You’ve written a nonfiction book. Now you need to find a publisher. But how do you approach that task? The process of pitching your nonfiction book is actually the same as pitching any other kind of product or service. With that in mind, we’ll show you how to pitch a nonfiction book and get a publisher to love your book idea!
The world of nonfiction book publishing can be intimidating – there are many decisions to make before you even put pen to paper. Before you leap into turning that good idea you have into something tangible, it’s worth thinking about why that idea deserves to see the light of day and completing the research to ensure that the niche has an audience.
Chapter outline in hand, you’ll then need to figure out how to make a publisher or literary agent sit up and pay attention to your book proposal through outlining all of your research and your proposed marketing plan. Creating a book proposal in this market is more about selling your expertise, author platform, and business plan more so than the contents of your book.
This article will take you step-by-step through everything you’ll need on how to pitch a nonfiction book to convince agents or major publishers that you have a great idea that deserves a book deal.
Where to start?
The very first thing to do when considering writing and pitching a nonfiction book is to ask yourself: why should anyone care what I have to say about this subject? Without deep knowledge, authority, or real-life experience, you’re just another new writer with an opinion.
Experience and knowledge
Put simply, what do you have to offer that would make people want to listen to you? What special knowledge or experience do you bring to the topic? If you don’t have a unique perspective or fascinating story to tell about your own experience, you’ll need to be incredibly well researched on your topic of interest. People are far more likely to want to read a book about bridge-building from someone who held a prominent position as a civil engineer for 30 years than someone who just likes bridges – but if your passion and knowledge are deep enough, you could still find great success.
On the other hand, fiction can be cozy and repetitive – there is no end to the number of romance novels or crime thrillers that writers can pump out. Nonfiction books need to provide new information or teach and explain something in a unique manner.
Unless you already have a platform, it can be more difficult to pitch your book idea to major publishers. Nonfiction writers, far more than writers pitching fiction, need a following of people who are already interested in their ideas. Traditional publishers won’t do a marketing plan for you – you will need to have an engaged audience of potential book buyers squarely within your target market that you are already in contact with. There are a number of different ways to build and connect with your audience.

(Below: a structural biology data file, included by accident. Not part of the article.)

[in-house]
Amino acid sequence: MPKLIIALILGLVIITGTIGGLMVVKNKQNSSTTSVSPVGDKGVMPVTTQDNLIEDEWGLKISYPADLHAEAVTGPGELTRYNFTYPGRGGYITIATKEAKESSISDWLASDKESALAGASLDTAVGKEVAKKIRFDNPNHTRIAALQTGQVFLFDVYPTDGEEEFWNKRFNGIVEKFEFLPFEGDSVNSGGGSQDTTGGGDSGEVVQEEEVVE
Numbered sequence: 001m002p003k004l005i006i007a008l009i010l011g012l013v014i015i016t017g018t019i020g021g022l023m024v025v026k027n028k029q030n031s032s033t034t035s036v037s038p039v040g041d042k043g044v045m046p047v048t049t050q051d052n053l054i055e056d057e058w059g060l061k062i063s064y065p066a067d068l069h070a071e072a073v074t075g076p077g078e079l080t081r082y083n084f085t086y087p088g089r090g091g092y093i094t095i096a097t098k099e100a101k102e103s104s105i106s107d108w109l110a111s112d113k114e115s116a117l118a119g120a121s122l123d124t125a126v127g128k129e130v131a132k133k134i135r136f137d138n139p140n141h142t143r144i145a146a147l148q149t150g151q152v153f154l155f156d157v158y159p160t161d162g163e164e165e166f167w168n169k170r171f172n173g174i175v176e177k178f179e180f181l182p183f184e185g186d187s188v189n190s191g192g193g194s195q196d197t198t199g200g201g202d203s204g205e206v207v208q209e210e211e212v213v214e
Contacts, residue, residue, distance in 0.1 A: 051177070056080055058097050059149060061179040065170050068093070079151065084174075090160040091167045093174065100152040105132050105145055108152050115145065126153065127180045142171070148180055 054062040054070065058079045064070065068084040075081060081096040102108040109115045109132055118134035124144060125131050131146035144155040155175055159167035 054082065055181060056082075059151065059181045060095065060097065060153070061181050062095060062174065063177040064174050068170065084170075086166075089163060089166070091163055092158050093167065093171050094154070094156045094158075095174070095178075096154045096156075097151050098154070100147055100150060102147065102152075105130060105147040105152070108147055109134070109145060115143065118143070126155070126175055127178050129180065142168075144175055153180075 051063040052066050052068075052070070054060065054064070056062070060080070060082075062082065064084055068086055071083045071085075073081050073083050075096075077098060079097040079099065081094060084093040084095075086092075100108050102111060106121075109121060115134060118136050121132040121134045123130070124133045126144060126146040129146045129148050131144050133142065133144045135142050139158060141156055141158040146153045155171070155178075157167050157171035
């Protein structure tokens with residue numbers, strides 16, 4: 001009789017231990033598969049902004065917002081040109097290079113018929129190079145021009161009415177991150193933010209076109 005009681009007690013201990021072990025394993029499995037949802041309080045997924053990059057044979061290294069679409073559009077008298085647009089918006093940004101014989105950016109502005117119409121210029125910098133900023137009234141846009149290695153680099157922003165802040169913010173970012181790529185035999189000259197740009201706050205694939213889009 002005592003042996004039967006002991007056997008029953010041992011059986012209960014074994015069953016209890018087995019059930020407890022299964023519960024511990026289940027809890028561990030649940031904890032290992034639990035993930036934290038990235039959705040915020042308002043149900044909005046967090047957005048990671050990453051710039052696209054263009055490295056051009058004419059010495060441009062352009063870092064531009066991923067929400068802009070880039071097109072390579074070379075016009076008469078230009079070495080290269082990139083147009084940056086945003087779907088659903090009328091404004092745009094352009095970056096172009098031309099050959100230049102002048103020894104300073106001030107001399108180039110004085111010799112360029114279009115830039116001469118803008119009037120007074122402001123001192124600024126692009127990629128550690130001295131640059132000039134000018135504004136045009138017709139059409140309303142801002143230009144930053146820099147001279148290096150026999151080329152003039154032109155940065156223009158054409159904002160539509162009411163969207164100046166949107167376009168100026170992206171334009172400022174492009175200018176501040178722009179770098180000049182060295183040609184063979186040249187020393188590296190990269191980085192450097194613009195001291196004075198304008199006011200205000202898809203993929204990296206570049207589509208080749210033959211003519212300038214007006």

Ways to reach your audience
This can be through a blog you manage, social media, podcasts, newsletters, websites, or any other method of digital engagement you can imagine.
You can create an offline following through teaching classes or seminars on your topic, public speaking, networking with thought leaders in your niche, or active membership in a related club or professional organization.
Having some coverage in newspapers, getting a spot on TV or radio, or simply getting an article published in a relevant magazine or journal can help build a brand to attract people to your long-form work.
The goal is to be a public figure with a perspective that thousands of people are interested in your knowledge or view on your particular topic. This network of potential readers is some of the best evidence you can provide a publisher that you’re going to get the book in front of interested individuals.
What if I don’t have a platform?
If you don’t have an author platform, it might be worth waiting until you’ve built up some buzz to launch into full-on book proposal mode. You can start with something as simple as a Facebook page for people interested in your topic of choice, then move on to contacting established bloggers in your niche about guest blogging on their site. If you can get anything published online, it will give you the beginnings of a portfolio, which will provide you with credibility.